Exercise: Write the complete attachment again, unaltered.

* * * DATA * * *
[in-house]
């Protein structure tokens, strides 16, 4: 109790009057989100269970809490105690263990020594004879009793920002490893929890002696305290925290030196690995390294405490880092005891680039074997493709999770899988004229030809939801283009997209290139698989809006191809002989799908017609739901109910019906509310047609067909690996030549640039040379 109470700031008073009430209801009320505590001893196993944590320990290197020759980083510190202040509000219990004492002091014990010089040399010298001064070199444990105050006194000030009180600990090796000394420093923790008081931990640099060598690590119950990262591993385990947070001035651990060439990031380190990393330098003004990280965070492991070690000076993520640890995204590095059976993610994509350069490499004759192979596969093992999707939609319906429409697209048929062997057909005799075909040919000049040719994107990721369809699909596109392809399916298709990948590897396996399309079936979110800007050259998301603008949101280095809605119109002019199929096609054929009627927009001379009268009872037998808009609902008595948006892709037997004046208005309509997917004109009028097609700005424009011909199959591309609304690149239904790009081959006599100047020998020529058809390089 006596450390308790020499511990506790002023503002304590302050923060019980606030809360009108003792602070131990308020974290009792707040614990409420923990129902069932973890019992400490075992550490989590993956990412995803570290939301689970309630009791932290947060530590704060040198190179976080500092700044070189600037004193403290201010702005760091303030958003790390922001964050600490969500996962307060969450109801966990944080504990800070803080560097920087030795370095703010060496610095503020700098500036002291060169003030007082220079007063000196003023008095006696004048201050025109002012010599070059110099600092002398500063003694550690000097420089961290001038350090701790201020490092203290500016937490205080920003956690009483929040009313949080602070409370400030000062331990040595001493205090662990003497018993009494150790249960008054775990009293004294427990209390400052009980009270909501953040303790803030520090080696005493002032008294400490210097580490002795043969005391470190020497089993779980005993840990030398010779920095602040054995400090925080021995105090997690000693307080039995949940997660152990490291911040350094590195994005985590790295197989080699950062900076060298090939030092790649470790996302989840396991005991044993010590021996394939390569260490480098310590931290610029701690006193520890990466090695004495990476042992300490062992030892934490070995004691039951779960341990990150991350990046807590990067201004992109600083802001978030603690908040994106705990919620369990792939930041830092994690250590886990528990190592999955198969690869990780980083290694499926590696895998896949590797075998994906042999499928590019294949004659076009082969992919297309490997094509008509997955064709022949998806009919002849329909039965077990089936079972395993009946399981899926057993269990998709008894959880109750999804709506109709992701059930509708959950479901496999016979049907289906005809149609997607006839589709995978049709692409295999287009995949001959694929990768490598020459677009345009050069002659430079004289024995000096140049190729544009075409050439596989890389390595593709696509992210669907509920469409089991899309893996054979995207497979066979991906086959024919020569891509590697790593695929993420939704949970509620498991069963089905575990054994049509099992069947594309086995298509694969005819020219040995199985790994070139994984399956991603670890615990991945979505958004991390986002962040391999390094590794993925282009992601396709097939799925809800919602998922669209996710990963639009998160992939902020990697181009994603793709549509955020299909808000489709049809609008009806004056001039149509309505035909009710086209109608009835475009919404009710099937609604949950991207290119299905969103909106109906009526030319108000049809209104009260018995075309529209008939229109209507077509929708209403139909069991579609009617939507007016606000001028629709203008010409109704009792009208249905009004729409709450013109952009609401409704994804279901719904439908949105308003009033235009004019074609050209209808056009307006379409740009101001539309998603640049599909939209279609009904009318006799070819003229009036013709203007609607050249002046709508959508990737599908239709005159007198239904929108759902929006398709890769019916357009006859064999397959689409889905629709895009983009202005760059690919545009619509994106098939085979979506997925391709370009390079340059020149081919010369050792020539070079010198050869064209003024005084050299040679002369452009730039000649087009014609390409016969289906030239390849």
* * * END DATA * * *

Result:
[in-house]
């Protein structure tokens, strides 16, 4: 109790009057989100269970809490105690263990020594004879009793920002490893929890002696305290925290030196690995390294405490880092005891680039074997493709999770899988004229030809939801283009997209290139698989809006191809002989799908017609739901109910019906509310047609067909690996030549640039040379 109470700031008073009430209801009320505590001893196993944590320990290197020759980083510190202040509000219990004492002091014990010089040399010298001064070199444990105050006194000030009180600990090796000394420093923790008081931990640099060598690590119950990262591993385990947070001035651990060439990031380190990393330098003004990280965070492991070690000076993520640890995204590095059976993610994509350069490499004759192979596969093992999707939609319906429409697209048929062997057909005799075909040919000049040719994107990721369809699909596109392809399916298709990948590897396996399309079936979110800007050259998301603008949101280095809605119109002019199929096609054929009627927009001379009268009872037998808009609902008595948006892709037997004046208005309509997917004109009028097609700005424009011909199959591309609304690149239904790009081959006599100047020998020529058809390089 006596450390308790020499511990506790002023503002304590302050923060019980606030809360009108003792602070131990308020974290009792707040614990409420923990129902069932973890019992400490075992550490989590993956990412995803570290939301689970309630009791932290947060530590704060040198190179976080500092700044070189600037004193403290201010702005760091303030958003790390922001964050600490969500996962307060969450109801966990944080504990800070803080560097920087030795370095703010060496610095503020700098500036002291060169003030007082220079007063000196003023008095006696004048201050025109002012010599070059110099600092002398500063003694550690000097420089961290001038350090701790201020490092203290500016937490205080920003956690009483929040009313949080602070409370400030000062331990040595001493205090662990003497018993009494150790249960008054775990009293004294427990209390400052009980009270909501953040303790803030520090080696005493002032008294400490210097580490002795043969005391470190020497089993779980005993840990030398010779920095602040054995400090925080021995105090997690000693307080039995949940997660152990490291911040350094590195994005985590790295197989080699950062900076060298090939030092790649470790996302989840396991005991044993010590021996394939390569260490480098310590931290610029701690006193520890990466090695004495990476042992300490062992030892934490070995004691039951779960341990990150991350990046807590990067201004992109600083802001978030603690908040994106705990919620369990792939930041830092994690250590886990528990190592999955198969690869990780980083290694499926590696895998896949590797075998994906042999499928590019294949004659076009082969992919297309490997094509008509997955064709022949998806009919002849329909039965077990089936079972395993009946399981899926057993269990998709008894959880109750999804709506109709992701059930509708959950479901496999016979049907289906005809149609997607006839589709995978049709692409295999287009995949001959694929990768490598020459677009345009050069002659430079004289024995000096140049190729544009075409050439596989890389390595593709696509992210669907509920469409089991899309893996054979995207497979066979991906086959024919020569891509590697790593695929993420939704949970509620498991069963089905575990054994049509099992069947594309086995298509694969005819020219040995199985790994070139994984399956991603670890615990991945979505958004991390986002962040391999390094590794993925282009992601396709097939799925809800919602998922669209996710990963639009998160992939902020990697181009994603793709549509955020299909808000489709049809609008009806004056001039149509309505035909009710086209109608009835475009919404009710099937609604949950991207290119299905969103909106109906009526030319108000049809209104009260018995075309529209008939229109209507077509929708209403139909069991579609009617939507007016606000001028629709203008010409109704009792009208249905009004729409709450013109952009609401409704994804279901719904439908949105308003009033235009004019074609050209209808056009307006379409740009101001539309998603640049599909939209279609009904009318006799070819003229009036013709203007609607050249002046709508959508990737599908239709005159007198239904929108759902929006398709890769019916357009006859064999397959689409889905629709895009983009202005760059690919545009619509994106098939085979979506997925391709370009390079340059020149081919010369050792020539070079010198050869064209003024005084050299040679002369452009730039000649087009014609390409016969289906030239390849």